The Aldabra of the Amirantes
Photo by Byron Dilkes

In an exciting development towards the protection of the beautiful coralline islands of St Joseph Atoll, the Seychelles’ Ministry of Environment recently proposed the designation of the Atoll and its surrounding waters as a part of a larger zone 2 marine protected area. Formal protection of these tiny pockets of pristine wilderness will provide a sanctuary for some of the world’s last remaining giant tortoises and healthy communities of sharks, rays and turtles, making D’Arros and St Joseph the ‘Aldabra of the Amirantes’.

About 150 million years ago a massive chunk of land broke free from what is now the African continent and began drifting north. While most of this land mass continued on its passage to Asia and eventually became the Indian subcontinent, thin slivers of it were left in the middle of the Western Indian Ocean, seeding the islands of the Seychelles. More recently, the coralline Outer Islands have formed and together these remote islands and their surrounding ocean systems have evolved into some of the most distinctive natural environments on the planet.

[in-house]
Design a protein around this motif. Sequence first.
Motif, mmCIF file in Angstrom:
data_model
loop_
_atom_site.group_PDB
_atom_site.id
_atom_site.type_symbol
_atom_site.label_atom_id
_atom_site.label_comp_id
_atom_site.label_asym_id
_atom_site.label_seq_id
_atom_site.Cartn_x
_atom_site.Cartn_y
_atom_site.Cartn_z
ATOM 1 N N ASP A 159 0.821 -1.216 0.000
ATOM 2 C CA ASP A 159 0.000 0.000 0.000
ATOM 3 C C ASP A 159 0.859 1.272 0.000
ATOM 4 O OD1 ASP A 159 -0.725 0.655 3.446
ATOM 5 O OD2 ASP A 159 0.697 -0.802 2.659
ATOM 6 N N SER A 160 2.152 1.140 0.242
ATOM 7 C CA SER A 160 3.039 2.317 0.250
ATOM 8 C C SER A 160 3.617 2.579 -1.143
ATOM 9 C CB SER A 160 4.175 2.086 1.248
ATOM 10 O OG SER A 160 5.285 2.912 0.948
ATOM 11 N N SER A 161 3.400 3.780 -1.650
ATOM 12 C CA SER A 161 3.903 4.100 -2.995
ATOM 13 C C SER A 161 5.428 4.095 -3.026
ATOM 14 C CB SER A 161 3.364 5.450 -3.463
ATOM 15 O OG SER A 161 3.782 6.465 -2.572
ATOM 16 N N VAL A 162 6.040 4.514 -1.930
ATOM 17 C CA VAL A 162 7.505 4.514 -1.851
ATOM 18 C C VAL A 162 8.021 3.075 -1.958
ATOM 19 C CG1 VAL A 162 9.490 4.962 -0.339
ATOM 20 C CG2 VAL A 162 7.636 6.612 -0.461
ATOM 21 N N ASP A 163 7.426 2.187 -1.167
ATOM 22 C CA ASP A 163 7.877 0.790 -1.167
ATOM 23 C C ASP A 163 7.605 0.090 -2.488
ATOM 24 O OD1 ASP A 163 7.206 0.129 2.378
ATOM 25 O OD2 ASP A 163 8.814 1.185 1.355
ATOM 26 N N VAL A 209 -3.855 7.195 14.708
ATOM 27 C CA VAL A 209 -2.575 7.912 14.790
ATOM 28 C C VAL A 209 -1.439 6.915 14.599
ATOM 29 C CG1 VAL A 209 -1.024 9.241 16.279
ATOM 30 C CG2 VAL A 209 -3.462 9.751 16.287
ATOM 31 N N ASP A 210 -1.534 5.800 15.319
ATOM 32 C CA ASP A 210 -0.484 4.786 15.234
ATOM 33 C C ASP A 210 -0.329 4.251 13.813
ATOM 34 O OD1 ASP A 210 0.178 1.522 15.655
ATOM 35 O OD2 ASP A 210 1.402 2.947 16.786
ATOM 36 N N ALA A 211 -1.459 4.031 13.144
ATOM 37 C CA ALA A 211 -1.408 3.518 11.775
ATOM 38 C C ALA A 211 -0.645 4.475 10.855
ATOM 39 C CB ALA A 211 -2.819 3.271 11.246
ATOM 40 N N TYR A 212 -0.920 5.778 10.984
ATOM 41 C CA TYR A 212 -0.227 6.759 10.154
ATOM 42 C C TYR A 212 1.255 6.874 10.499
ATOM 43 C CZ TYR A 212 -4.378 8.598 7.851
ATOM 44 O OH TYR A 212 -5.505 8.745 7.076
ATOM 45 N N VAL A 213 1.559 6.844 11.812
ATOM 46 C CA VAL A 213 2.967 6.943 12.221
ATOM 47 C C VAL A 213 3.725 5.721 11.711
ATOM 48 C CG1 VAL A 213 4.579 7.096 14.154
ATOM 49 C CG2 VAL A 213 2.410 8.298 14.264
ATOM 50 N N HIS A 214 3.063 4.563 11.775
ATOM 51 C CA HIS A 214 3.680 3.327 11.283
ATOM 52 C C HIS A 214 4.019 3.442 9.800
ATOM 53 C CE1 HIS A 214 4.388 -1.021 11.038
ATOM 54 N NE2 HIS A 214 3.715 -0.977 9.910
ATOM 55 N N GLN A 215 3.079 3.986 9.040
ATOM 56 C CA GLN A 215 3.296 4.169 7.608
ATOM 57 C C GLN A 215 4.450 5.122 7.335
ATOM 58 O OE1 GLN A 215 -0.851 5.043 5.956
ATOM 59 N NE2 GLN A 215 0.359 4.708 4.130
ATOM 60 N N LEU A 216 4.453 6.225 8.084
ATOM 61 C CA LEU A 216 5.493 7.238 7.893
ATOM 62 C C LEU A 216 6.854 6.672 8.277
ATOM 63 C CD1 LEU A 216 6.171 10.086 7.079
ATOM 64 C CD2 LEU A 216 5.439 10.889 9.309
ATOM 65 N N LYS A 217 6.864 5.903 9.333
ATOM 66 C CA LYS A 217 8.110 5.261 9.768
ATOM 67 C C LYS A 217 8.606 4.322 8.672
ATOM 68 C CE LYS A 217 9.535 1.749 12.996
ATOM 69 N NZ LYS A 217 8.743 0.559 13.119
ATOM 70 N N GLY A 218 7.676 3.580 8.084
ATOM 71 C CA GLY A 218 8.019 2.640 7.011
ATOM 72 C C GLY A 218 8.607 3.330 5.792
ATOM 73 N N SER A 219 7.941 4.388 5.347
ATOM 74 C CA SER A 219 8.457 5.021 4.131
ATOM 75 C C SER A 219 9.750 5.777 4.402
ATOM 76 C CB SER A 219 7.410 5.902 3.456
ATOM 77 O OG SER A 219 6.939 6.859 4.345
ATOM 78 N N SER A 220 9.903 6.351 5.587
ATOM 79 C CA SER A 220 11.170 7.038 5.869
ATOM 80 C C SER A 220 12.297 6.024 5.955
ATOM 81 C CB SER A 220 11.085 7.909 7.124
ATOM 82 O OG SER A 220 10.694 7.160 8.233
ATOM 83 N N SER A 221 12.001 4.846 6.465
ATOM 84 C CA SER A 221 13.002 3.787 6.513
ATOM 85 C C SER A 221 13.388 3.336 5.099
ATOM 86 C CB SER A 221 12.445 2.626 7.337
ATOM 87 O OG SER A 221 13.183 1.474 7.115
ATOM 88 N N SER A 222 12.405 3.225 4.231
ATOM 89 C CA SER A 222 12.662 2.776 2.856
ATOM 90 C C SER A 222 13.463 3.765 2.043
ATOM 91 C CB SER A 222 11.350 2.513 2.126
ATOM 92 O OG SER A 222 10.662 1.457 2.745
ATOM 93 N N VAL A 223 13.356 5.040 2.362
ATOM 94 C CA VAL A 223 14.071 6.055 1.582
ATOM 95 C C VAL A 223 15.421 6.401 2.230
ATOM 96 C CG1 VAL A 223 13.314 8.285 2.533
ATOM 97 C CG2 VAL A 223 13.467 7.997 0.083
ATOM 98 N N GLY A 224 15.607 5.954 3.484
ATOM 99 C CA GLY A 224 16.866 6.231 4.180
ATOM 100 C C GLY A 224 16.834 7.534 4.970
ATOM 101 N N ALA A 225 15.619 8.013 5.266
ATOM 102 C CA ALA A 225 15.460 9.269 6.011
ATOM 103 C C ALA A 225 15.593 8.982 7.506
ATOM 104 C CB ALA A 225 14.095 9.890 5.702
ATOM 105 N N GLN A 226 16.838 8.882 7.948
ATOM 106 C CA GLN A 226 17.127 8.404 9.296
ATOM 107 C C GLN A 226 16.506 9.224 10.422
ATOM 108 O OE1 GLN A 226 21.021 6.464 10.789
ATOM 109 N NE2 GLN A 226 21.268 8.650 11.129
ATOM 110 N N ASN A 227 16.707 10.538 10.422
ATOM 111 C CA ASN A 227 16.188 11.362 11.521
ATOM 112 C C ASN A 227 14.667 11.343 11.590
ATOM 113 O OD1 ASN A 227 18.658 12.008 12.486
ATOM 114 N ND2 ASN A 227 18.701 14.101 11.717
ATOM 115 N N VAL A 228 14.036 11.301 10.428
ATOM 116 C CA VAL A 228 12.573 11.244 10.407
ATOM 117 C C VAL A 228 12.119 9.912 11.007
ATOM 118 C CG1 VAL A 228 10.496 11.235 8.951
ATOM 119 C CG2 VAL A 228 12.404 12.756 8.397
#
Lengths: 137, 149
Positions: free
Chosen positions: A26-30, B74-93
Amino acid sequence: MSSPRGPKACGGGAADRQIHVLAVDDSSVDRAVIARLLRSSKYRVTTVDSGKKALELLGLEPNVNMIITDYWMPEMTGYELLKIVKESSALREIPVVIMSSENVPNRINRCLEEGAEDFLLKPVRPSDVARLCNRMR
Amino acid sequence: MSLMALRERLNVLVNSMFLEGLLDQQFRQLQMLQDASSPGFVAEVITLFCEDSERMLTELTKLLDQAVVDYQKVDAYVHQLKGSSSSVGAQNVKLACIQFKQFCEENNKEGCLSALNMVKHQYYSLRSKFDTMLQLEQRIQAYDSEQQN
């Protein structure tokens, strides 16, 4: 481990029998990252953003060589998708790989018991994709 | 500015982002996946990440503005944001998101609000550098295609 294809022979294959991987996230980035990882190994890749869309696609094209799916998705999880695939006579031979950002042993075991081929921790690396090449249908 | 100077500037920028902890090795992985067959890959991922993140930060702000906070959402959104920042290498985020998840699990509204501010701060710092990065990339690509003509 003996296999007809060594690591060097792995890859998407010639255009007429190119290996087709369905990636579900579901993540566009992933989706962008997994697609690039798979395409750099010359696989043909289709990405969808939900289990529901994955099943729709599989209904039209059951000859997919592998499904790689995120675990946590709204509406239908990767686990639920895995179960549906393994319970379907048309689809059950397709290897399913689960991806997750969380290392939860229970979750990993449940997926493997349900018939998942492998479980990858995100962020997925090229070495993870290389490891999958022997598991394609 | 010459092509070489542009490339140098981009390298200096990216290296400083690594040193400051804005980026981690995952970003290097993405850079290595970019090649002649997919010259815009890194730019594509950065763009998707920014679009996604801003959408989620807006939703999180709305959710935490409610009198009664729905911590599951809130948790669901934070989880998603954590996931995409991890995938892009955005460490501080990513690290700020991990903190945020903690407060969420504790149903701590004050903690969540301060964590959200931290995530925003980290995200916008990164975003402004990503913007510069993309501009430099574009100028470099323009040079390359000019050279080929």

As is the case with all protected areas, the success of the proposed reserve will depend on careful and informed management. Scientists at the D’Arros Research Centre (DRC) have been studying the D’Arros and St Joseph ecological system since 2004, and in 2012 the Save Our Seas Foundation (SOSF) took over the management of the facility allowing for the DRC to further its reach and goals. Once the atoll has protected status, the Foundation will continue to work with international scientists, the government, stakeholders and experts in marine protected area management to ensure that the islands remain ‘the Aldabra of the Amirantes’.

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The SOSF–D’Arros Research Centre is perched at the edge of a white sandy beach at the northern end of D’Arros Island. It provides an essential base for researchers to examine the area’s incredible biodiversity, including its large population of manta rays. Photo by Rainer von Brandis | © Save Our Seas Foundation